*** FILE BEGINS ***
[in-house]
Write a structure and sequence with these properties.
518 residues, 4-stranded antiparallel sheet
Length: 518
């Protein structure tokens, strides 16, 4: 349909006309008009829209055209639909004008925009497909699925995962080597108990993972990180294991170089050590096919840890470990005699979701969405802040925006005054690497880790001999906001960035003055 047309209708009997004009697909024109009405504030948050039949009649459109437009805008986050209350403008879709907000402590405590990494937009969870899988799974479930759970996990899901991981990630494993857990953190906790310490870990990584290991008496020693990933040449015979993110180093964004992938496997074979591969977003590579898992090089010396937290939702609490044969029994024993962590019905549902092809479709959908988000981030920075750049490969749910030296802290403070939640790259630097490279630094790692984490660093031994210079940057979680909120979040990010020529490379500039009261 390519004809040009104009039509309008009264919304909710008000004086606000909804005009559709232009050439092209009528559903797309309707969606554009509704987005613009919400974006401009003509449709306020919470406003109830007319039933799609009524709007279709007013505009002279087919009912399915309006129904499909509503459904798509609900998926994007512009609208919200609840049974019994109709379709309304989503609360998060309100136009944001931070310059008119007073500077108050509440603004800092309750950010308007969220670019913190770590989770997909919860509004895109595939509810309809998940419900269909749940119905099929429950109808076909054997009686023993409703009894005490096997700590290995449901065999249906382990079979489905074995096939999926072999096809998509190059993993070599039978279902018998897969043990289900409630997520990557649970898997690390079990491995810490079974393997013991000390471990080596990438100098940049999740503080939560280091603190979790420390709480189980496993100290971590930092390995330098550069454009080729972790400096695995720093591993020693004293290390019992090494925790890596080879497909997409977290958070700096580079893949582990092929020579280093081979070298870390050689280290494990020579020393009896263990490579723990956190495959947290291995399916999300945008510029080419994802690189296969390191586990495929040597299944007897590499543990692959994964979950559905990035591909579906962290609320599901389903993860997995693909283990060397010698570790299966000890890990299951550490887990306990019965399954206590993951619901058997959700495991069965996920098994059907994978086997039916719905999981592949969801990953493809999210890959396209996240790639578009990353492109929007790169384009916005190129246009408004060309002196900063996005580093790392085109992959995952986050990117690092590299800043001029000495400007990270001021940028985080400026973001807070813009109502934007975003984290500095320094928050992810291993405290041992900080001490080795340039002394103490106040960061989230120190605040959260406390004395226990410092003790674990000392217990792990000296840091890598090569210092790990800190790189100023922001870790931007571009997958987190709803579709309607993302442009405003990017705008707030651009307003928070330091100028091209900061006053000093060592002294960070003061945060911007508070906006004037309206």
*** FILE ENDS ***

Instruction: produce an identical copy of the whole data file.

[in-house]
Write a structure and sequence with these properties.
518 residues, 4-stranded antiparallel sheet
Length: 518
């Protein structure tokens, strides 16, 4: 349909006309008009829209055209639909004008925009497909699925995962080597108990993972990180294991170089050590096919840890470990005699979701969405802040925006005054690497880790001999906001960035003055 047309209708009997004009697909024109009405504030948050039949009649459109437009805008986050209350403008879709907000402590405590990494937009969870899988799974479930759970996990899901991981990630494993857990953190906790310490870990990584290991008496020693990933040449015979993110180093964004992938496997074979591969977003590579898992090089010396937290939702609490044969029994024993962590019905549902092809479709959908988000981030920075750049490969749910030296802290403070939640790259630097490279630094790692984490660093031994210079940057979680909120979040990010020529490379500039009261 390519004809040009104009039509309008009264919304909710008000004086606000909804005009559709232009050439092209009528559903797309309707969606554009509704987005613009919400974006401009003509449709306020919470406003109830007319039933799609009524709007279709007013505009002279087919009912399915309006129904499909509503459904798509609900998926994007512009609208919200609840049974019994109709379709309304989503609360998060309100136009944001931070310059008119007073500077108050509440603004800092309750950010308007969220670019913190770590989770997909919860509004895109595939509810309809998940419900269909749940119905099929429950109808076909054997009686023993409703009894005490096997700590290995449901065999249906382990079979489905074995096939999926072999096809998509190059993993070599039978279902018998897969043990289900409630997520990557649970898997690390079990491995810490079974393997013991000390471990080596990438100098940049999740503080939560280091603190979790420390709480189980496993100290971590930092390995330098550069454009080729972790400096695995720093591993020693004293290390019992090494925790890596080879497909997409977290958070700096580079893949582990092929020579280093081979070298870390050689280290494990020579020393009896263990490579723990956190495959947290291995399916999300945008510029080419994802690189296969390191586990495929040597299944007897590499543990692959994964979950559905990035591909579906962290609320599901389903993860997995693909283990060397010698570790299966000890890990299951550490887990306990019965399954206590993951619901058997959700495991069965996920098994059907994978086997039916719905999981592949969801990953493809999210890959396209996240790639578009990353492109929007790169384009916005190129246009408004060309002196900063996005580093790392085109992959995952986050990117690092590299800043001029000495400007990270001021940028985080400026973001807070813009109502934007975003984290500095320094928050992810291993405290041992900080001490080795340039002394103490106040960061989230120190605040959260406390004395226990410092003790674990000392217990792990000296840091890598090569210092790990800190790189100023922001870790931007571009997958987190709803579709309607993302442009405003990017705008707030651009307003928070330091100028091209900061006053000093060592002294960070003061945060911007508070906006004037309206």